LA CROSSE, Wisconsin (WXOW)—Stamp ‘N Hand is a stamp and gift shop that's occupied the corner of 4th and Pearl Streets for more than two decades. The shop is owned by Margie Wanke and she employees between two and three part-time workers, to keep the shop open seven days a week.
"My employees are all very part-time," Wanke said. "They're not looking for a career here, they're just looking for a part-time hobby job that would give them some extra spending money."
Wanek says the President's proposal to increase in minimum wage from $7.25 to $9 an hour would mean possibly cutting back on staff or working more hours herself.
"The last time and the times before that that they've raised it, I have had to cut back on hours. I've had to cut back on other things I was doing in the store," Wanek said. "I used to rent a water cooler, that's gone. I used to have cleaning people come in."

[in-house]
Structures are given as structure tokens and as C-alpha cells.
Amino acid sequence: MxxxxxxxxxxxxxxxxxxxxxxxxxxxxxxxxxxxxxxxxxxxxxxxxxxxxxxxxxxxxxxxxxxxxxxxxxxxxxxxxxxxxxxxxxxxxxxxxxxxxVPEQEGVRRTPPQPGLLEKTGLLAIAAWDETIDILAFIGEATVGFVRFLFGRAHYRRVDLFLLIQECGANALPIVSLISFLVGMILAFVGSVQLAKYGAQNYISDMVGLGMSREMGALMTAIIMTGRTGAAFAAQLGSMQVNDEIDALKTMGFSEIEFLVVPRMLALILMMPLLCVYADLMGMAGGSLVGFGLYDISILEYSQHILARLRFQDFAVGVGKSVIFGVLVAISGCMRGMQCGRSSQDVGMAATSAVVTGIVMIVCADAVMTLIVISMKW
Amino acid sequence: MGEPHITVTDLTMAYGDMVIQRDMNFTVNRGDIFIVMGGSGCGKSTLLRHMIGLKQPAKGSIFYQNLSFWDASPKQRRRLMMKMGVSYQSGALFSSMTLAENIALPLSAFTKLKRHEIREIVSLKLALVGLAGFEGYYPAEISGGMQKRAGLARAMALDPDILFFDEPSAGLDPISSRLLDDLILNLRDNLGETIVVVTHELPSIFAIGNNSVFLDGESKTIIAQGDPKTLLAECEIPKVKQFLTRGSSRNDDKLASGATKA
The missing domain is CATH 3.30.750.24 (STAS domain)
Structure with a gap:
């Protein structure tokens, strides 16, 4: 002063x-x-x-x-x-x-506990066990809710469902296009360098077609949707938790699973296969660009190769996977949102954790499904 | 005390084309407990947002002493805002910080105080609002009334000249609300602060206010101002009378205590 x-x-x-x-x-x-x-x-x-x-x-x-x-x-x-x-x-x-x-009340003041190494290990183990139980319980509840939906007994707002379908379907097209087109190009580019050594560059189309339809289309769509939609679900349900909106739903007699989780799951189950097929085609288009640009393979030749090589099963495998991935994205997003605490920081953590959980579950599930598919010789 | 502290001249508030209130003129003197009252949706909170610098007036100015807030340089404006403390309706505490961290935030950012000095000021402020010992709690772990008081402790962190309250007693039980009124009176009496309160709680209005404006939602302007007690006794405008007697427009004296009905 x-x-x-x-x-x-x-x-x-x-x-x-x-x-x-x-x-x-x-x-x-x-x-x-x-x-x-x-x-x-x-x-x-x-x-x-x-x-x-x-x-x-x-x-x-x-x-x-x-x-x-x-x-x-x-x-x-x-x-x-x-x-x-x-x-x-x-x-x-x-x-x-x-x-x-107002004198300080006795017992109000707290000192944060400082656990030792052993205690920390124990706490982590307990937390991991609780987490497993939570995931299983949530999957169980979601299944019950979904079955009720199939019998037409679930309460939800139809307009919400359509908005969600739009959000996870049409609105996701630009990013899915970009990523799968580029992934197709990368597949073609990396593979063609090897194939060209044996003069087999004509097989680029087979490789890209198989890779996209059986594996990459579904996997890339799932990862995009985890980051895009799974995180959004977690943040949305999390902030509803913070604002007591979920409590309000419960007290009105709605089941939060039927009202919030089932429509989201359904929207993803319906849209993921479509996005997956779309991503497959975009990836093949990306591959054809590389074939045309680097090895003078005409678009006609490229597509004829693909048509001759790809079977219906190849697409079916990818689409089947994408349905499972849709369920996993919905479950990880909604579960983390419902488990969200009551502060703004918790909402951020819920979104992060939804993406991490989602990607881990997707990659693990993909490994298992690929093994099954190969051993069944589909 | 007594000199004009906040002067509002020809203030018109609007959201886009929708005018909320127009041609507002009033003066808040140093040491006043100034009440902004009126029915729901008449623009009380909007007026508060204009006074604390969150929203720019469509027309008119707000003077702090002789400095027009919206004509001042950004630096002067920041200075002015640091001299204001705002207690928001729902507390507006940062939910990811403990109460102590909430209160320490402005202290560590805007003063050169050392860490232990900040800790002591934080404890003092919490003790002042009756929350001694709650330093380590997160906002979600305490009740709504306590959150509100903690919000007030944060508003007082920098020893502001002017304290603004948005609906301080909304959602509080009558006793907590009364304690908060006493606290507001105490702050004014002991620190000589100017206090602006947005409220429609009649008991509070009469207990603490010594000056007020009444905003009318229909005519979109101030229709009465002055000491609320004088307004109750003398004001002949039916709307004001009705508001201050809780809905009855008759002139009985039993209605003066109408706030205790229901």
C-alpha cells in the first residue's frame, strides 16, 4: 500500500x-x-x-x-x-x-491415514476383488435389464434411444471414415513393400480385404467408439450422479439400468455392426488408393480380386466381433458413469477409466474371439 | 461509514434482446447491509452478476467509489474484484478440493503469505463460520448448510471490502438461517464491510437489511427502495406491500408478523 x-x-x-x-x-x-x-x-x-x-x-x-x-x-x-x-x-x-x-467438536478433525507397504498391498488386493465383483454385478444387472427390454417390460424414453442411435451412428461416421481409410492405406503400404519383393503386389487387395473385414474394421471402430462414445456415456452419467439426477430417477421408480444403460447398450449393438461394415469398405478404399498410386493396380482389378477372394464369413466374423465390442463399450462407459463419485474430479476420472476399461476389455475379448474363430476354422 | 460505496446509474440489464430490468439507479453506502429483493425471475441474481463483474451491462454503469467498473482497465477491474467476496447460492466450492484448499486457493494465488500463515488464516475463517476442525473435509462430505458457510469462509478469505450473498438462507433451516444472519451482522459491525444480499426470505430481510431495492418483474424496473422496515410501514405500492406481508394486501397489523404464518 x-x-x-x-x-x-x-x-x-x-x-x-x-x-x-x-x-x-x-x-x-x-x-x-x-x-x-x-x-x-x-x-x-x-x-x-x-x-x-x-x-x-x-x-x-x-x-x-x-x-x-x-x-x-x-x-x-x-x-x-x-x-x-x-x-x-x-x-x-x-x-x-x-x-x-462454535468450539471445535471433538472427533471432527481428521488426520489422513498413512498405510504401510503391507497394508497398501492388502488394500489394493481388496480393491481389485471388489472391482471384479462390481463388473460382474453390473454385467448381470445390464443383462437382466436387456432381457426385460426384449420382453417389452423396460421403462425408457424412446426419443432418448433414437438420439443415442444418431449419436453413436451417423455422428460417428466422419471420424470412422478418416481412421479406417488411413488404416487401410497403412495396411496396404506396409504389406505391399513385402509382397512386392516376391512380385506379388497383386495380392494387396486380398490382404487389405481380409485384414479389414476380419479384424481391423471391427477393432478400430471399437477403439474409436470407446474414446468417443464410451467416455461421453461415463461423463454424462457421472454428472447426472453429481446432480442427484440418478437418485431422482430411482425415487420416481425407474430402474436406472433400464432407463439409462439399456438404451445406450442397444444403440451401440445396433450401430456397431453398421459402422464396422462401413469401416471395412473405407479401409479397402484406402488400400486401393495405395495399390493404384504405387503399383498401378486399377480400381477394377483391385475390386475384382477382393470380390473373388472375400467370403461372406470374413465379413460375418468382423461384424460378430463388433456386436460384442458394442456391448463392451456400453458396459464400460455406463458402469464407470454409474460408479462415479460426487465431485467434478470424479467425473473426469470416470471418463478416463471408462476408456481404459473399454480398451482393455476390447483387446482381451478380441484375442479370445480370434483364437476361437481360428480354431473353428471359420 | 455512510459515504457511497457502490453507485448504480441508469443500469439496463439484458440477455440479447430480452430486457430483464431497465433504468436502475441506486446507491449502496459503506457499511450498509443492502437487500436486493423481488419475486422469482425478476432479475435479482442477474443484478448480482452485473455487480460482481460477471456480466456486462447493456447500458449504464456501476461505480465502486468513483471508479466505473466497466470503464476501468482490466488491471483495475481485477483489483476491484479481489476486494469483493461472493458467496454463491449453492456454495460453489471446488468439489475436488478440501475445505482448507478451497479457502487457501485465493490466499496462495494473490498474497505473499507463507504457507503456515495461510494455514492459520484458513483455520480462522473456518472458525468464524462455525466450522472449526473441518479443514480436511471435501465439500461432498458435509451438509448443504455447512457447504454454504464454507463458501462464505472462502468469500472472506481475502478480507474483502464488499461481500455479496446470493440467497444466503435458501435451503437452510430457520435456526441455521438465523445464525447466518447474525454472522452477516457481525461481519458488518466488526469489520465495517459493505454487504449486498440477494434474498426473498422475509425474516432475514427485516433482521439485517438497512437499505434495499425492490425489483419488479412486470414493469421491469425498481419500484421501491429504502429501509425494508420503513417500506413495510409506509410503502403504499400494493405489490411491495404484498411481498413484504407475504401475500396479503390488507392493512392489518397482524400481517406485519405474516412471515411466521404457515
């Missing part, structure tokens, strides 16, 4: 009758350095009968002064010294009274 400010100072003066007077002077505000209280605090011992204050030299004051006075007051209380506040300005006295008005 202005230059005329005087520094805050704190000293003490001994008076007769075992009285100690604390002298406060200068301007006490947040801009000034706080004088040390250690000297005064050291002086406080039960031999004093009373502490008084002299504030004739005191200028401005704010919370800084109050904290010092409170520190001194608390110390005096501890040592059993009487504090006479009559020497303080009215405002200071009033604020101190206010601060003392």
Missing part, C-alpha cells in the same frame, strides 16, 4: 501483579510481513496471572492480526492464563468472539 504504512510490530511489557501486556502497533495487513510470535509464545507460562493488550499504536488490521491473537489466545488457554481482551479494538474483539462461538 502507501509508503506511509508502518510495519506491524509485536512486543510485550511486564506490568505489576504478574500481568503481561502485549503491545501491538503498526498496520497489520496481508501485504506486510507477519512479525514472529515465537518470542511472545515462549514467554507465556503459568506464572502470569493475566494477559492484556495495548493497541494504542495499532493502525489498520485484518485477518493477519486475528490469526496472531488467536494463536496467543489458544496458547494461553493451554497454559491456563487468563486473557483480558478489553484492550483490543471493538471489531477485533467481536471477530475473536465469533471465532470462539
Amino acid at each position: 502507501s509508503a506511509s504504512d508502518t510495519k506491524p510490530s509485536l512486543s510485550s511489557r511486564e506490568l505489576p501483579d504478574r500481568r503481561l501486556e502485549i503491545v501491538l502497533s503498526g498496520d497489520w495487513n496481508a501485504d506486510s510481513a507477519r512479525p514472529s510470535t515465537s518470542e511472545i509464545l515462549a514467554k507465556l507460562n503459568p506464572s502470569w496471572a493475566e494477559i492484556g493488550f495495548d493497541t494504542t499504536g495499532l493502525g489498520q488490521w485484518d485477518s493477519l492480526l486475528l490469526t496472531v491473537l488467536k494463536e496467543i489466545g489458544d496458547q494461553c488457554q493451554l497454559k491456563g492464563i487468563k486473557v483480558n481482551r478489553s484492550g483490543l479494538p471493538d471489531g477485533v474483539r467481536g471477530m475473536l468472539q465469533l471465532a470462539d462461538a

Anne Hlavacka, the director of UW-L's Small Business Development Center, says Wanek's situation mirrors that of many small businesses.
"So sometimes employers have to make hard decisions, how they're going to structure their employees, and whether they're going to keep as many employees, whether they're going to cut back on hours," Hlavacka said. "Obviously on the side of the individual who's receiving a higher pay, the plus for them is and generally from a practical standpoint is there's more money potentially in the economy and that will generate more money to be spent. The challenge that comes along with that is often prices might also be effected at the same time."
Wanek balances fairness to employees and sustaining business by accommodating her workers schedules.
"What I can offer them instead of high wages is I can offer them very, very flexible schedules," Wanek said.
Hlavacka says an increase in the minimum wage wouldn't be the end of most small companies, but it would mean adjustments in hours and budgeting.
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